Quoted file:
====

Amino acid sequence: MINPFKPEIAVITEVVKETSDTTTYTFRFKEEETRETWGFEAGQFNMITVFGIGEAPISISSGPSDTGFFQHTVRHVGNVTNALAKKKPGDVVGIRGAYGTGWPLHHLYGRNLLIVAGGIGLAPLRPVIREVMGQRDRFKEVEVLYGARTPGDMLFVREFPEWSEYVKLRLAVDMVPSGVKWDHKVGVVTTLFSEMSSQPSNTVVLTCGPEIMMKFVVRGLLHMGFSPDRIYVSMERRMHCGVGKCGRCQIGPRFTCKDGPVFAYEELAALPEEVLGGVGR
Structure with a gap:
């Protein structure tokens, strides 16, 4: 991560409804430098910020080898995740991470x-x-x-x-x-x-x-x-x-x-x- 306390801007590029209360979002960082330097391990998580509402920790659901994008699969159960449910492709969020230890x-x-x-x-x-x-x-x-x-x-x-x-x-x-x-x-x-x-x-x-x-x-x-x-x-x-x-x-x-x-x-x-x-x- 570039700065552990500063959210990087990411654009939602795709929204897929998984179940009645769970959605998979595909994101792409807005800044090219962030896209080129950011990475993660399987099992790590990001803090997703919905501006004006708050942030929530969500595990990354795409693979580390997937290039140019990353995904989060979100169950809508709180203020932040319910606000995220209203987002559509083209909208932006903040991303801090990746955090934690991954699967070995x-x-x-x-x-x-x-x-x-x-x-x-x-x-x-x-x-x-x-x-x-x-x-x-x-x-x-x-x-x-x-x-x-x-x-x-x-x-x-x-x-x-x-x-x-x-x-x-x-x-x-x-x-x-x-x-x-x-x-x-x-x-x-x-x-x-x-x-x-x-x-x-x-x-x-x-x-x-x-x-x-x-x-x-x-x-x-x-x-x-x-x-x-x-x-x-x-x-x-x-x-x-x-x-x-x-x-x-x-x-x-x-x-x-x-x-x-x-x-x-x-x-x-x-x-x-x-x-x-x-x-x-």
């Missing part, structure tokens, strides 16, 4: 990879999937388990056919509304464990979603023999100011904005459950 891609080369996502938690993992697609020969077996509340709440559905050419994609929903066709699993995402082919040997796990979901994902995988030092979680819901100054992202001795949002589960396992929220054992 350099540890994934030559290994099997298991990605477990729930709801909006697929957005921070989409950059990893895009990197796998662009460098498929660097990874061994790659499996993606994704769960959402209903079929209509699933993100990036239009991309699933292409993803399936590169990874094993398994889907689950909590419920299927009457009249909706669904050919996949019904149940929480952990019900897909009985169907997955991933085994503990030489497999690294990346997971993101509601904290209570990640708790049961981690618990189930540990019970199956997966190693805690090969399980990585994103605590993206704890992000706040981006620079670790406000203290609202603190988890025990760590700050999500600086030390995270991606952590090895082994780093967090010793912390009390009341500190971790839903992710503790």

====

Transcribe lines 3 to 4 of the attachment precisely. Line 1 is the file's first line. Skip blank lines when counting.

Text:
């Protein structure tokens, strides 16, 4: 991560409804430098910020080898995740991470x-x-x-x-x-x-x-x-x-x-x- 306390801007590029209360979002960082330097391990998580509402920790659901994008699969159960449910492709969020230890x-x-x-x-x-x-x-x-x-x-x-x-x-x-x-x-x-x-x-x-x-x-x-x-x-x-x-x-x-x-x-x-x-x- 570039700065552990500063959210990087990411654009939602795709929204897929998984179940009645769970959605998979595909994101792409807005800044090219962030896209080129950011990475993660399987099992790590990001803090997703919905501006004006708050942030929530969500595990990354795409693979580390997937290039140019990353995904989060979100169950809508709180203020932040319910606000995220209203987002559509083209909208932006903040991303801090990746955090934690991954699967070995x-x-x-x-x-x-x-x-x-x-x-x-x-x-x-x-x-x-x-x-x-x-x-x-x-x-x-x-x-x-x-x-x-x-x-x-x-x-x-x-x-x-x-x-x-x-x-x-x-x-x-x-x-x-x-x-x-x-x-x-x-x-x-x-x-x-x-x-x-x-x-x-x-x-x-x-x-x-x-x-x-x-x-x-x-x-x-x-x-x-x-x-x-x-x-x-x-x-x-x-x-x-x-x-x-x-x-x-x-x-x-x-x-x-x-x-x-x-x-x-x-x-x-x-x-x-x-x-x-x-x-x-």
């Missing part, structure tokens, strides 16, 4: 990879999937388990056919509304464990979603023999100011904005459950 891609080369996502938690993992697609020969077996509340709440559905050419994609929903066709699993995402082919040997796990979901994902995988030092979680819901100054992202001795949002589960396992929220054992 350099540890994934030559290994099997298991990605477990729930709801909006697929957005921070989409950059990893895009990197796998662009460098498929660097990874061994790659499996993606994704769960959402209903079929209509699933993100990036239009991309699933292409993803399936590169990874094993398994889907689950909590419920299927009457009249909706669904050919996949019904149940929480952990019900897909009985169907997955991933085994503990030489497999690294990346997971993101509601904290209570990640708790049961981690618990189930540990019970199956997966190693805690090969399980990585994103605590993206704890992000706040981006620079670790406000203290609202603190988890025990760590700050999500600086030390995270991606952590090895082994780093967090010793912390009390009341500190971790839903992710503790």